In the early 2000s, having a smart home likely meant you had installed a few discrete speakers in your ceiling that blasted Chopin throughout your house.
We then entered the DIY era of home tech, a phase defined by WiFi-connected gadgets from smart light bulbs to robo-vacuums, and voice assistants such as Alexa and Google Home. Many of these novelty products ended up being more like paperweights than problem solvers. “I’ve tested a few fancy kitchen gadgets that are now just heavy pieces of plastic and metal because the company went under and there are no controls on the device itself,” says Jenny McGrath, a tech reviewer at Insider. A particularly sobering survey found U.K. households have accumulated over $114.5-billion worth of unused devices.
Today, it’s not this clutter of gizmos that is pushing the smart home tech industry forward, nor are they what Canadians are most keen on. We’re seeing a rise in the production of big-ticket smart home appliances and fixtures, such as app-controlled ovens that can turn themselves off, or bathtubs you can fill from your phone on your drive home from work.
According to Steve Koenig, a vice-president of research at the Consumer Technology Association, data show that Canadians are taking a particular interest in “healthy home technologies” such as air and water purifiers, as well as monitors that promise to pay for themselves by reducing energy costs. Smart home devices are also enjoying increased appreciation as tools that can help seniors live in place by making their homes safer, and that can allow people with different speech, mobility and motor needs to live more comfortably.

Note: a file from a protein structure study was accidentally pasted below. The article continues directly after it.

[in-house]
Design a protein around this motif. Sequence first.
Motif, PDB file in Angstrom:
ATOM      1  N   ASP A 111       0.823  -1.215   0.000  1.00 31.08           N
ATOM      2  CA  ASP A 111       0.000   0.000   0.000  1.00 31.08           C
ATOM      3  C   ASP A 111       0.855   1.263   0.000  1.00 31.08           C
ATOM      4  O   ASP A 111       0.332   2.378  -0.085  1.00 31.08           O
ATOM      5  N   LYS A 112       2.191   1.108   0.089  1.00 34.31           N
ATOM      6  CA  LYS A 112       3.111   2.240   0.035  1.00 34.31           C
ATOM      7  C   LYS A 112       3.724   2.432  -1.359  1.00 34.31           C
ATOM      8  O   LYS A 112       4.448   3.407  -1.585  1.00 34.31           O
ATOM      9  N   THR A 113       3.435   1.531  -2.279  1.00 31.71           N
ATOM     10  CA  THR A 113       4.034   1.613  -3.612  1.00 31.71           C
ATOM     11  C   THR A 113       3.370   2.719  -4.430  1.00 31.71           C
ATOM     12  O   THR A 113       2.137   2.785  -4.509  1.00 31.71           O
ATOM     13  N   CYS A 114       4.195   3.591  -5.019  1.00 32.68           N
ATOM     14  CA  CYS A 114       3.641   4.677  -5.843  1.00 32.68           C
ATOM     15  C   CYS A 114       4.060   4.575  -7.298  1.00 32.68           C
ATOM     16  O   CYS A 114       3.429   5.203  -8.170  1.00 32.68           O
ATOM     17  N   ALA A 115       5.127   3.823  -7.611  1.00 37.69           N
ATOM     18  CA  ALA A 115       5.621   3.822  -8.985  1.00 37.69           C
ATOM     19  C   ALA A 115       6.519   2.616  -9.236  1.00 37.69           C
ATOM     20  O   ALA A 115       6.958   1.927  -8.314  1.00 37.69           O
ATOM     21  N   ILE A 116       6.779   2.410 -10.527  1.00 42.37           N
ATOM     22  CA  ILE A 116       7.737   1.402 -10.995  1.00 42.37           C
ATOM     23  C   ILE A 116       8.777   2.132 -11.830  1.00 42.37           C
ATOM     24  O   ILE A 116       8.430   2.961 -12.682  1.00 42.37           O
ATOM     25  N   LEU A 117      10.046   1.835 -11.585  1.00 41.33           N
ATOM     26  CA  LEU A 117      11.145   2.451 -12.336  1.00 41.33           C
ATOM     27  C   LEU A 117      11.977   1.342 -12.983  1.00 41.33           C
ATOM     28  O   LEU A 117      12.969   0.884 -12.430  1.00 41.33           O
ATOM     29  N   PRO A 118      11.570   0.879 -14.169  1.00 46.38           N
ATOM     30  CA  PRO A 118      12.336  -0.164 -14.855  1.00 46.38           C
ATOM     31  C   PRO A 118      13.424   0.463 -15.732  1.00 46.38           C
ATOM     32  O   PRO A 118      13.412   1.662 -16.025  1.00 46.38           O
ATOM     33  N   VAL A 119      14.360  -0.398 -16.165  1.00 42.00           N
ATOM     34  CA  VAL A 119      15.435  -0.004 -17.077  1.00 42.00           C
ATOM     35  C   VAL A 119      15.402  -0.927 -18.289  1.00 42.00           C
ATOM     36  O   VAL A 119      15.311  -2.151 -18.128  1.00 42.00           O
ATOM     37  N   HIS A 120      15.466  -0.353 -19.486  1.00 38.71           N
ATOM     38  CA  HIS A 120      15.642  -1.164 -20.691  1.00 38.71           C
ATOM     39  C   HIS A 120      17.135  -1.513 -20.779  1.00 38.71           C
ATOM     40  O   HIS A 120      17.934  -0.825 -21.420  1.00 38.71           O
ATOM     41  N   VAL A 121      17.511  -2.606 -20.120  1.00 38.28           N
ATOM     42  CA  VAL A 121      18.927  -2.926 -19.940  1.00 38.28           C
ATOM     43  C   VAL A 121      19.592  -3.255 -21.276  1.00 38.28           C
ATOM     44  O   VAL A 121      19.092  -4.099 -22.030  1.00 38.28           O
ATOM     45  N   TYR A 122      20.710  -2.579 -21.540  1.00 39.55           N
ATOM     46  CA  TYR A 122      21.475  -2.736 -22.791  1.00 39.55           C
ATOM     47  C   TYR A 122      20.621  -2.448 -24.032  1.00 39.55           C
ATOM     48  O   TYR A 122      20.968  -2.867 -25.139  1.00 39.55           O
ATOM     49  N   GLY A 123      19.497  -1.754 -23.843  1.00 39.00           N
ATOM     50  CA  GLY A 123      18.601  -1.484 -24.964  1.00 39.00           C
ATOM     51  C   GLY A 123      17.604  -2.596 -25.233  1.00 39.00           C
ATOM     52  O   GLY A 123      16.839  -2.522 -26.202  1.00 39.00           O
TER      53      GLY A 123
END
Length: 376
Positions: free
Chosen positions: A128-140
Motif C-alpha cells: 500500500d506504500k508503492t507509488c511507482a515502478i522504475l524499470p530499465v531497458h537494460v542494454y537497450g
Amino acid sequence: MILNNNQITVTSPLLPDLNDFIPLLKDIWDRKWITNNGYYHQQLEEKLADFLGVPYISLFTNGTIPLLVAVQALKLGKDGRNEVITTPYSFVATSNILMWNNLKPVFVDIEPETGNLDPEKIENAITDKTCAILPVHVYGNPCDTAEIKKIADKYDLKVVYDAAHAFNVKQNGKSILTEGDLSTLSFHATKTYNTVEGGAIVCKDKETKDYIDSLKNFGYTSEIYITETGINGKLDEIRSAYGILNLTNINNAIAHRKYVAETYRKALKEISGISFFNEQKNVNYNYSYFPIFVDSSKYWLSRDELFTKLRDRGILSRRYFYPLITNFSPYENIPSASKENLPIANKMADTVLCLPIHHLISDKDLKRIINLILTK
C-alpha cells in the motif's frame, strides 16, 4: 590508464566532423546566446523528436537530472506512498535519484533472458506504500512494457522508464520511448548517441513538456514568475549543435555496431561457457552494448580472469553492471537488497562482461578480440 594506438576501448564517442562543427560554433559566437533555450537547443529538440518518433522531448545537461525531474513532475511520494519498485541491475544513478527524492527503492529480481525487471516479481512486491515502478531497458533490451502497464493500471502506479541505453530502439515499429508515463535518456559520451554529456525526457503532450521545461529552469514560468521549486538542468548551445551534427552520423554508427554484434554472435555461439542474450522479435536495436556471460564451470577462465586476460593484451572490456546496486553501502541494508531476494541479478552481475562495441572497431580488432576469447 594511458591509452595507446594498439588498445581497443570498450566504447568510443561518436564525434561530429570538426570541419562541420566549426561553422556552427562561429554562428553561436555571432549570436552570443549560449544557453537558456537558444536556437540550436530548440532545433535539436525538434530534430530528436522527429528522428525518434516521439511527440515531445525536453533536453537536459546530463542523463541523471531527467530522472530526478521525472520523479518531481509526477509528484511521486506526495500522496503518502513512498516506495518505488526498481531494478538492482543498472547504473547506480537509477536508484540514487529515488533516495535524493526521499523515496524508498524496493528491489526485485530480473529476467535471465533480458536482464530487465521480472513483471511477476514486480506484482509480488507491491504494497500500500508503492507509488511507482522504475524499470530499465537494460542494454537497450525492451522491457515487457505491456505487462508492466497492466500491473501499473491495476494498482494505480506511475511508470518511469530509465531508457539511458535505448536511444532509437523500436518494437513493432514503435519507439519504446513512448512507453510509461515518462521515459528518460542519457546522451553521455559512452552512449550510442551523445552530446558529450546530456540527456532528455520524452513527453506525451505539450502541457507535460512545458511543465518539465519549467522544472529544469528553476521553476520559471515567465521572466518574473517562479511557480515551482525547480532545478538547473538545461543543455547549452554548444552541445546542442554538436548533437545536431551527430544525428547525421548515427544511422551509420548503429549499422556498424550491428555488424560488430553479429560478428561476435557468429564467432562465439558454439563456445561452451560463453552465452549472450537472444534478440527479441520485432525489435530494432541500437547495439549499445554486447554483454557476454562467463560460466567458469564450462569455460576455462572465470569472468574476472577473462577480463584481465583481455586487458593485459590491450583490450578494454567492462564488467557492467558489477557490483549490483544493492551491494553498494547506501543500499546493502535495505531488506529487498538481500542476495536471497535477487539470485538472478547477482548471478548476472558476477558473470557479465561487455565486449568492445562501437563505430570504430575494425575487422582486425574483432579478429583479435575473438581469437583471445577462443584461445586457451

Anyone who’s bought a smart home operating system such as a Google Home or an Apple HomeKit knows that these setups are often only compatible with certain products, and if you’re buying a patchwork of tech from a broad range of companies, it can result in needing more and more apps on your phone to wrangle robots that don’t play well together. New products, such as Matter, a buzzy system that debuted at the 2023 Consumer Electronics Show in Las Vegas, promise to streamline doodads from different makers and allow users to operate everything from one master control system. The smart home industry’s long-term aspiration for interoperability may finally be coming closer to fruition.
What interoperable tech is nudging us toward is the ideal of “ambient technology,” a hallowed vision of seamless integration that could make our lives finally look like an episode of The Jetsons. Canadian development company Brookfield Residential has been working on integrated, ambient tech homes for over five years, partnering with Amazon to develop a branded Smart Home development tricked out with amenities including a drone helipad and a drop zone for package deliveries.
The project caught the eye of Dr. Heather Suzanne Woods, a researcher at Kansas State University, whose upcoming book is about the cultural effects of mass-produced smart homes. At this pivotal point in their history, does she believe we all should aspire to live in one? “Right now, the smart home is powerful because it has this allure of technology; the idea of optimizing one’s life, of increasing leisure time, of maintaining safety and security, these are all luxury items,” Woods says. Yet, should companies fail to fully mitigate the harms of smart homes, such as the potential for invasive data collection and security threats, “there might be a reverse where people are less convinced that a particular device can provide all of these big lofty luxuries,” she says. “And in fact, it’s human contact, care and support that’s a luxury item.”
The promise of a seamless, fully connected domestic life can be exciting, but it is functionality – how tech solves problems in your life – that’s more salient than buzz. The most important question about these new products is one we can only answer individually: How smart do I want my home to be?